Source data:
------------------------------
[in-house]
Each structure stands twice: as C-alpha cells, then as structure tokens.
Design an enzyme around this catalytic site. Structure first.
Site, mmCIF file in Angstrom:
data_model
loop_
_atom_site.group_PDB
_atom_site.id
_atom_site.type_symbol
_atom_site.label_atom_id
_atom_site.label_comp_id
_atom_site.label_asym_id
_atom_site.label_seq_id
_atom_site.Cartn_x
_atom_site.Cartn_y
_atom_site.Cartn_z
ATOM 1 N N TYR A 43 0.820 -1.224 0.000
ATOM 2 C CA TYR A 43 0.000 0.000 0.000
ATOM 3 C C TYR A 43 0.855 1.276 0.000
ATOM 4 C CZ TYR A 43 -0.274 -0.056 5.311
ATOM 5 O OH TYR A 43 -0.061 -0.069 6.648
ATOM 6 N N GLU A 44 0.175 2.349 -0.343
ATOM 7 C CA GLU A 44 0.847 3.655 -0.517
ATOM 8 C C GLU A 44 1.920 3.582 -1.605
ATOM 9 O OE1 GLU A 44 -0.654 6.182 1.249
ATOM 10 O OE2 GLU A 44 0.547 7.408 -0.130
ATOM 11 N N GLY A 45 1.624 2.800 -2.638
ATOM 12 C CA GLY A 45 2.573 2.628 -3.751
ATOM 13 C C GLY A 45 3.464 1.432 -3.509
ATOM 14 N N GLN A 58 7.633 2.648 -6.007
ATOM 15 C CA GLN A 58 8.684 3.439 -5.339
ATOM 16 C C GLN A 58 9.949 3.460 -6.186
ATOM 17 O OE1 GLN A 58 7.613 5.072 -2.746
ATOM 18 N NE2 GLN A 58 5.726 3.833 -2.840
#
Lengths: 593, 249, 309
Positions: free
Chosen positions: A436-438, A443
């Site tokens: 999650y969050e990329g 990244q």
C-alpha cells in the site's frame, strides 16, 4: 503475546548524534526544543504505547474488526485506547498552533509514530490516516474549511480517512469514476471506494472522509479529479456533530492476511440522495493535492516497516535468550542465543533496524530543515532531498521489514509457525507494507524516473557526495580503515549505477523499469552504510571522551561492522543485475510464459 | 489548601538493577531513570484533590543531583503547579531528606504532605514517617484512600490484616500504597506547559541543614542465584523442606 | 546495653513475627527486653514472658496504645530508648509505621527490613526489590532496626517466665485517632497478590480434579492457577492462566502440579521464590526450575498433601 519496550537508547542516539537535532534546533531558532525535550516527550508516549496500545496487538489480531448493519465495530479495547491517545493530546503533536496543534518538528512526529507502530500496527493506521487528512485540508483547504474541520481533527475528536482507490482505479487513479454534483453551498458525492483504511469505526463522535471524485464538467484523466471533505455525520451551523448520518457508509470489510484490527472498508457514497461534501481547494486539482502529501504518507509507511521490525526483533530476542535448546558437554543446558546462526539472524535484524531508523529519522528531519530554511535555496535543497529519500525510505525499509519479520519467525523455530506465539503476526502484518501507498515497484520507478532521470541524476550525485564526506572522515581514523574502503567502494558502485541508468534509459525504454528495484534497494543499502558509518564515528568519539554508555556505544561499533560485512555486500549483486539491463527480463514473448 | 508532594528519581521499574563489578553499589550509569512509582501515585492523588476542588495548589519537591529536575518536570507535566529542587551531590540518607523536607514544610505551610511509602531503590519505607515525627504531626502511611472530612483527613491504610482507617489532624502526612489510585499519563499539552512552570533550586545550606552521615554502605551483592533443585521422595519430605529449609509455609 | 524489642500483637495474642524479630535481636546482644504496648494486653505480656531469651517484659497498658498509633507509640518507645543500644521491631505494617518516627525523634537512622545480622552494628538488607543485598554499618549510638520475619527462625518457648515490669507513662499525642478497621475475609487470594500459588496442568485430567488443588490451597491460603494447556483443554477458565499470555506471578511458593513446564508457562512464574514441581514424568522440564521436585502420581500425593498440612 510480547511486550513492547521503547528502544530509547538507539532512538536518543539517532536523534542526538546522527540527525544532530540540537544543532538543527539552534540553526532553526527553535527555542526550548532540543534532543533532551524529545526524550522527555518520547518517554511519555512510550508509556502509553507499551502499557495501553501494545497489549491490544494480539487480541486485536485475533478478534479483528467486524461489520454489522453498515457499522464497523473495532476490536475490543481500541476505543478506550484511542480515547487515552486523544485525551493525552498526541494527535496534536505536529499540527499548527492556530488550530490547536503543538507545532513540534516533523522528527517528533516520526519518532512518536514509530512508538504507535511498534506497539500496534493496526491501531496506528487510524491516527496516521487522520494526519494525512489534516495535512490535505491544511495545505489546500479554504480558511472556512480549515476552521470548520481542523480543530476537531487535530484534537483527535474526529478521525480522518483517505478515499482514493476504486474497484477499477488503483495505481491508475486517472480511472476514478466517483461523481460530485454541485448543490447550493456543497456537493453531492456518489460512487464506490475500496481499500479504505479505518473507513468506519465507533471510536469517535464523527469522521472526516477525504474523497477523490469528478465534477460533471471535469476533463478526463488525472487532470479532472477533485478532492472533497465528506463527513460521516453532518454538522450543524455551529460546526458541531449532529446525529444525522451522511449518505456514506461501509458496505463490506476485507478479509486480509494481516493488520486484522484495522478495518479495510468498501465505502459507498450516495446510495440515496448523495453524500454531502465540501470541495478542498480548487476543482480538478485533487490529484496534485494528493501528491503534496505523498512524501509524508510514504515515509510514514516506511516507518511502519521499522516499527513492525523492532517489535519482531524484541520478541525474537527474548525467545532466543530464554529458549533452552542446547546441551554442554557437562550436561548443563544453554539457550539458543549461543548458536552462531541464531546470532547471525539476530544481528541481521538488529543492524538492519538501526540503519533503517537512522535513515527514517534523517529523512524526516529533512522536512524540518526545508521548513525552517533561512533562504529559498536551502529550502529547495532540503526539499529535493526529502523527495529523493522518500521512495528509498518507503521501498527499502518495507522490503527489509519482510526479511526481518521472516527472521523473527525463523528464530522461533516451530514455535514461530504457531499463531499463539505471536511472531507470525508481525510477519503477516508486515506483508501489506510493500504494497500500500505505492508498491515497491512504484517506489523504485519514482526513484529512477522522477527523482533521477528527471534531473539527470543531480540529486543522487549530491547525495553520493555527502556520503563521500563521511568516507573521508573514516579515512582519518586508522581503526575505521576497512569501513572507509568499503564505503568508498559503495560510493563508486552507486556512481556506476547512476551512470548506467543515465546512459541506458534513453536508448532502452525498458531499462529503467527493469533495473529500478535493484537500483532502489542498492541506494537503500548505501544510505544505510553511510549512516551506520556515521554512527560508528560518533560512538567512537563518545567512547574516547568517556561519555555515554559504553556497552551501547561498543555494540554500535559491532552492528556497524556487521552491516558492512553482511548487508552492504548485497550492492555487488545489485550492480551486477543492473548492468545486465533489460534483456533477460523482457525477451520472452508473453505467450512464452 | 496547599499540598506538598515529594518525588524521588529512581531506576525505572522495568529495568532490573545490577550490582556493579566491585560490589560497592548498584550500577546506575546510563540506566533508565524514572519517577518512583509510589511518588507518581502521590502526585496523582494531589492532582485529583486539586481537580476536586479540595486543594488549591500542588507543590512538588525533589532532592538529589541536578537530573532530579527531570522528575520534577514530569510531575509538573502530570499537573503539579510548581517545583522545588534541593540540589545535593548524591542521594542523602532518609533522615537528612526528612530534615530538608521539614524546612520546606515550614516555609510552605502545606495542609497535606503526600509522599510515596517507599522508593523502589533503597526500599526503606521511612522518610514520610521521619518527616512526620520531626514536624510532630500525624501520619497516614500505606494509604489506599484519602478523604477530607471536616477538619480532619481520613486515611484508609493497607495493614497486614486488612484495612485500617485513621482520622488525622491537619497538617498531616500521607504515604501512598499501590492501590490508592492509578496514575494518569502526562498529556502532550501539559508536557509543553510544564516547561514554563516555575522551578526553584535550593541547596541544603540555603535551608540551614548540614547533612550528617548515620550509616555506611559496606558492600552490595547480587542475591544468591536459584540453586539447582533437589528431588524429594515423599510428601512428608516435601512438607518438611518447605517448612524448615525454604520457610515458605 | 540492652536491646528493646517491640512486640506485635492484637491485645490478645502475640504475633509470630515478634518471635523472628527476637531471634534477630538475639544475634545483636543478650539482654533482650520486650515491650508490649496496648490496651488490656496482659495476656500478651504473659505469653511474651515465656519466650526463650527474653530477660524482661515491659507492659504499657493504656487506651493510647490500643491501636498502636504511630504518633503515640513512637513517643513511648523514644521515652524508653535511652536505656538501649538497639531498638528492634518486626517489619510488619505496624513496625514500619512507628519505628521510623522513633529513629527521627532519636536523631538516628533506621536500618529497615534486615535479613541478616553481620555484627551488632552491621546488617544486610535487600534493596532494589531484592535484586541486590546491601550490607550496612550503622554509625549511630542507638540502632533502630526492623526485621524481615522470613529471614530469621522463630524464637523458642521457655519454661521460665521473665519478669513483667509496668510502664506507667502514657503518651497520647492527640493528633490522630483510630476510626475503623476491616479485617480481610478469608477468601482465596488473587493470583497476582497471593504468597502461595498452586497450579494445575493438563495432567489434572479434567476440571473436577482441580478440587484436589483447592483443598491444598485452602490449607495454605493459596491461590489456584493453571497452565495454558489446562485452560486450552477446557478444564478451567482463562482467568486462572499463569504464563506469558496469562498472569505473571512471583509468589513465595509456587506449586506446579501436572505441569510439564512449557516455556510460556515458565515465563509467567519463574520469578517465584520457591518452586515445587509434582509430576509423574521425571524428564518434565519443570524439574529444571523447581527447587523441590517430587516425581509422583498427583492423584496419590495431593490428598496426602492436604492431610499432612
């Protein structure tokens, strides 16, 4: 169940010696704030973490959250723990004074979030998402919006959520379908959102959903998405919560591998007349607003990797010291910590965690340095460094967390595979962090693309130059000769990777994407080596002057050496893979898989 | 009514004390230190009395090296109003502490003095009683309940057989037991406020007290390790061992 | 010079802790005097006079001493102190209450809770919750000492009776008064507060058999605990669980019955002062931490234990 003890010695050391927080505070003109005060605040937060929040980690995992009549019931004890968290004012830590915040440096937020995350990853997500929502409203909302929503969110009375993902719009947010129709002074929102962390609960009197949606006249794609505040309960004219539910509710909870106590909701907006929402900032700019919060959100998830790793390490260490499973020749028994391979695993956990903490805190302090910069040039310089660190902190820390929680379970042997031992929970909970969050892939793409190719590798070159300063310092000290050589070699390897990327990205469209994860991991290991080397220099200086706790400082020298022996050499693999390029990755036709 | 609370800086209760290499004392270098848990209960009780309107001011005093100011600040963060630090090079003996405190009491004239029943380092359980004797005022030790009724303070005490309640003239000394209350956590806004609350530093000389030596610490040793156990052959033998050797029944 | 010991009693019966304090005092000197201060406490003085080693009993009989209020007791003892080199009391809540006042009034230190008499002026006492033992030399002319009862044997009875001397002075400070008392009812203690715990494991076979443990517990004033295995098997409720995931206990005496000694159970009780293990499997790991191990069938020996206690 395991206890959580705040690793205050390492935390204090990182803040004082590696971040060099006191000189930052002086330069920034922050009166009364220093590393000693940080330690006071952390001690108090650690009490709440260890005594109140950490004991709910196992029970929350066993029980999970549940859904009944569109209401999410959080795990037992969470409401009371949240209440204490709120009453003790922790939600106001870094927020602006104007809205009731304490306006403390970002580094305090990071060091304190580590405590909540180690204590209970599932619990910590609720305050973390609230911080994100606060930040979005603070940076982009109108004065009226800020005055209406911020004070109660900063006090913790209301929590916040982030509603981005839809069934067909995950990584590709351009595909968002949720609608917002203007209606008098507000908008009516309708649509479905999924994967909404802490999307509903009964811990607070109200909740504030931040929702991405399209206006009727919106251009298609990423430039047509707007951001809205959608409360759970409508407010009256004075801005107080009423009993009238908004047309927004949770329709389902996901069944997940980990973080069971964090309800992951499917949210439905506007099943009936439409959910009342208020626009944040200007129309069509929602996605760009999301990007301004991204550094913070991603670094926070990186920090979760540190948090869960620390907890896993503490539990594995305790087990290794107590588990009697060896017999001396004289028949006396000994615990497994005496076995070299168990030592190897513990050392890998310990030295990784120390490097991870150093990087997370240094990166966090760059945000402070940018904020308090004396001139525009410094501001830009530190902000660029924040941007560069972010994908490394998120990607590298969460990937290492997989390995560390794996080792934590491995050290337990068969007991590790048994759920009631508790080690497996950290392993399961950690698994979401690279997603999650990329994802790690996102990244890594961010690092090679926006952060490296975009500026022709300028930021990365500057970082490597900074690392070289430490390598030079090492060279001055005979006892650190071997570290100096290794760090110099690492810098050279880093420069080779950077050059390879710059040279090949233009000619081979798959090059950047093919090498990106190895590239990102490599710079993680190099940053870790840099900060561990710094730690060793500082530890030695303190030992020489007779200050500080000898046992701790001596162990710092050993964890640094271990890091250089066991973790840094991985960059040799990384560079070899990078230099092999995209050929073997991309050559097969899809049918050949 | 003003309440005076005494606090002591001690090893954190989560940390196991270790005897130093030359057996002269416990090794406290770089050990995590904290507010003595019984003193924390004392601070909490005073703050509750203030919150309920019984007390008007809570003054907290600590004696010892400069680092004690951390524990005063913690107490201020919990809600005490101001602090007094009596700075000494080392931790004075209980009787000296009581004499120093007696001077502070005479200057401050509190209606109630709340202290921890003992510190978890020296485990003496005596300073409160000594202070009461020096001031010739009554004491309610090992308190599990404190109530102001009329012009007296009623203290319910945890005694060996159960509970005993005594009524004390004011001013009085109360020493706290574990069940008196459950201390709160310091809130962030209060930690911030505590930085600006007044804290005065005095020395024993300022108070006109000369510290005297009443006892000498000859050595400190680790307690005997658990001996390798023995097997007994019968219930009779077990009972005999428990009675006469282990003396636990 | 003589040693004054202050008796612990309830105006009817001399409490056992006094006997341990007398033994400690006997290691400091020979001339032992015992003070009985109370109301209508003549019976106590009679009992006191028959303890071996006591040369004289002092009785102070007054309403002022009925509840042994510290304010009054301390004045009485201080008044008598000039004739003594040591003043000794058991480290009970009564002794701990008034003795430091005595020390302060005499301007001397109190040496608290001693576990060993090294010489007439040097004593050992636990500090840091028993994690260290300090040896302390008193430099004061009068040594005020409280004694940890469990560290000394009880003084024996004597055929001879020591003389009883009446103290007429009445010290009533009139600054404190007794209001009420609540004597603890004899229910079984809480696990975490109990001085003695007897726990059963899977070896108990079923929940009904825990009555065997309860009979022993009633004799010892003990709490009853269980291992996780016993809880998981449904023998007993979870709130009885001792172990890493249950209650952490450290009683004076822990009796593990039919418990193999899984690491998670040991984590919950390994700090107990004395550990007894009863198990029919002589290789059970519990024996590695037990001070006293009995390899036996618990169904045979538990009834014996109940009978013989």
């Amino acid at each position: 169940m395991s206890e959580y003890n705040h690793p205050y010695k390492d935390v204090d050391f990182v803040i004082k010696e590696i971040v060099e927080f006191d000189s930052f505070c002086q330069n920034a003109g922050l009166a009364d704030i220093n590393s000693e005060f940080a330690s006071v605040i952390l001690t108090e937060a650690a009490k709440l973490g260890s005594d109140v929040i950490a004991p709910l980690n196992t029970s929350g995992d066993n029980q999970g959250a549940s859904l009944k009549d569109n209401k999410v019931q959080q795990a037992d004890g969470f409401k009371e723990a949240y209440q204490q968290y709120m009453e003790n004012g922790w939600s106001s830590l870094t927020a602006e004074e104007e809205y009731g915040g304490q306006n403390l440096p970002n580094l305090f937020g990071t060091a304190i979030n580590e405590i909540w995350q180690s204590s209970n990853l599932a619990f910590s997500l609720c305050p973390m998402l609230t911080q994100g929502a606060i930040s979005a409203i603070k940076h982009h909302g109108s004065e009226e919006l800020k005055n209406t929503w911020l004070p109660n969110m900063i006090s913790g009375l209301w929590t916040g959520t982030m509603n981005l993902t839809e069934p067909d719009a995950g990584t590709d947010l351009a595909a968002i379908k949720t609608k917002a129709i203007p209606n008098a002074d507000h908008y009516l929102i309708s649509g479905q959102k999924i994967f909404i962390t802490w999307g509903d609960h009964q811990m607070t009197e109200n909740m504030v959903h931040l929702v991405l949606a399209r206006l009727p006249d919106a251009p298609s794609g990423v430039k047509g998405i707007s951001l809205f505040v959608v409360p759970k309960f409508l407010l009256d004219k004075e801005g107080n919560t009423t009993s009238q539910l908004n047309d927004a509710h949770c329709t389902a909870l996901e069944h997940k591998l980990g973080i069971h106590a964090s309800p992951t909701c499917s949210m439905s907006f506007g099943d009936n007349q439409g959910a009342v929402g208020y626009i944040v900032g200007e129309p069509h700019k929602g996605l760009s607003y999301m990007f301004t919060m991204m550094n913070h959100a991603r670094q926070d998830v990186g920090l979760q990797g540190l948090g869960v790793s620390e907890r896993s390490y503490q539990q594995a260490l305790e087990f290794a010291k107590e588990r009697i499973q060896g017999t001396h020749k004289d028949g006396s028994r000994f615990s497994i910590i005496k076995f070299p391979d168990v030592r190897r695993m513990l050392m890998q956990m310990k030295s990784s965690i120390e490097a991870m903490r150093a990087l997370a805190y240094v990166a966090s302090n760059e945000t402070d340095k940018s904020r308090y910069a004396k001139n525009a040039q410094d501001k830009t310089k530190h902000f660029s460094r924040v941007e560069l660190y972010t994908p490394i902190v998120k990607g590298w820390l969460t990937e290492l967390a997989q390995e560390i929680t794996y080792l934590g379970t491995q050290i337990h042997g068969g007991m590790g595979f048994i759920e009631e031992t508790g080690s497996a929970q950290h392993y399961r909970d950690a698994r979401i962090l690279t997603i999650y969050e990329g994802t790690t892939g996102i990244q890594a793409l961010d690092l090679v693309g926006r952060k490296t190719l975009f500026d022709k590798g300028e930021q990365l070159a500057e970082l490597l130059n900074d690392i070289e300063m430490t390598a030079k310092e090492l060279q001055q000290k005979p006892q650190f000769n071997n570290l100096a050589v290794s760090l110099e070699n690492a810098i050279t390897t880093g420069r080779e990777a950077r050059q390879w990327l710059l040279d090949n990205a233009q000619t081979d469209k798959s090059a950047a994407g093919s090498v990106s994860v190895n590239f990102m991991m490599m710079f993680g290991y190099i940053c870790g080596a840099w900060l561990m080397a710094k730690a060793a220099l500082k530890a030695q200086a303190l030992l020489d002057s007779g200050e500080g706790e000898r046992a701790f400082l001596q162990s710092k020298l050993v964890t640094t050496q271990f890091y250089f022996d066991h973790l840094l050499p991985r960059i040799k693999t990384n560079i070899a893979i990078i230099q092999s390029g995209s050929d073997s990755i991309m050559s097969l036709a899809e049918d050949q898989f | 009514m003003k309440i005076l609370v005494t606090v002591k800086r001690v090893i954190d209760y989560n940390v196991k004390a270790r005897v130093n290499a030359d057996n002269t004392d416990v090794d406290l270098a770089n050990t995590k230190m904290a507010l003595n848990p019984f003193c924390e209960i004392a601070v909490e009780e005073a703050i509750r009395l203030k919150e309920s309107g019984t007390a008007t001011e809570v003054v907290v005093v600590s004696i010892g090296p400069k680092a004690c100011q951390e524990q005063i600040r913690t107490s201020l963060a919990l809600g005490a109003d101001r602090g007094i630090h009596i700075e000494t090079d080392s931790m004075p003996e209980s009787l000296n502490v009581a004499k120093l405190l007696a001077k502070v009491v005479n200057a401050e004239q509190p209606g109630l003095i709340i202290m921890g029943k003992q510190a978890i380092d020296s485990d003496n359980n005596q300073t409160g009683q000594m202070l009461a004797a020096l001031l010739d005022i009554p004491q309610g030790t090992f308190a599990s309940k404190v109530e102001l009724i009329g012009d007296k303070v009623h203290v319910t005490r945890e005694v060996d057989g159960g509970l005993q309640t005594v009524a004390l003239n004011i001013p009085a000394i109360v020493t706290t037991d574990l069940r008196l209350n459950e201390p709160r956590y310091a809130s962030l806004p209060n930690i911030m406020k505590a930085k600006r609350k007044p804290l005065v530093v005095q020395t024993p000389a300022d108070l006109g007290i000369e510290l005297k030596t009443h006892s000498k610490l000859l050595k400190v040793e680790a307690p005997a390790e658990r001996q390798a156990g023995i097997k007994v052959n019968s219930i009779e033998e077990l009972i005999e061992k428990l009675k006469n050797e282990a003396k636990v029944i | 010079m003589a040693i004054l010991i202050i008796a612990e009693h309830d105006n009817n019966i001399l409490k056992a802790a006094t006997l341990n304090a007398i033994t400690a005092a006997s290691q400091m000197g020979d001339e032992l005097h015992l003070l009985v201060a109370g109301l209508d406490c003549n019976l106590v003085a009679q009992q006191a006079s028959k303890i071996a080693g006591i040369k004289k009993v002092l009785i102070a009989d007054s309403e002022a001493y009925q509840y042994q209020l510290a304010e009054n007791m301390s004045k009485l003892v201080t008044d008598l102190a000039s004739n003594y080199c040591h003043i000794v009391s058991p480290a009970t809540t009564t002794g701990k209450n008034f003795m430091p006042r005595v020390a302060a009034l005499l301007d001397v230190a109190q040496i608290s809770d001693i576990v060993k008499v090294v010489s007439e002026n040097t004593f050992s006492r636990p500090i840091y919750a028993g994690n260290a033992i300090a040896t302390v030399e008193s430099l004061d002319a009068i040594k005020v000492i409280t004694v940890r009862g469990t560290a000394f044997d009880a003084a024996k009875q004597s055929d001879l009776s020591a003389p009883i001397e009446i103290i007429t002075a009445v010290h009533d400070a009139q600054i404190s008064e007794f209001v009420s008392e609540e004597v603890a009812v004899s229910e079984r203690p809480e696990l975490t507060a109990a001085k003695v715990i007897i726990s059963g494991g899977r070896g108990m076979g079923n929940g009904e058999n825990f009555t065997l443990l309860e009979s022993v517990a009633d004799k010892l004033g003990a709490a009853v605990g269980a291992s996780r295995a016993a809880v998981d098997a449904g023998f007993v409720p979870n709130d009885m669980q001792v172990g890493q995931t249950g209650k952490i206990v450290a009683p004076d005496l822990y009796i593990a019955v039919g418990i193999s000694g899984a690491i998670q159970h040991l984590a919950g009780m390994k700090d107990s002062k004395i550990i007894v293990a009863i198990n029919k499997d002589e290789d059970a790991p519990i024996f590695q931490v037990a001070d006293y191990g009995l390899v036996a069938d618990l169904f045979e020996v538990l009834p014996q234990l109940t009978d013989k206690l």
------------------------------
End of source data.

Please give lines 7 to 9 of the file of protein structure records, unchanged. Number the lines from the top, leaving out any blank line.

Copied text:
_atom_site.group_PDB
_atom_site.id
_atom_site.type_symbol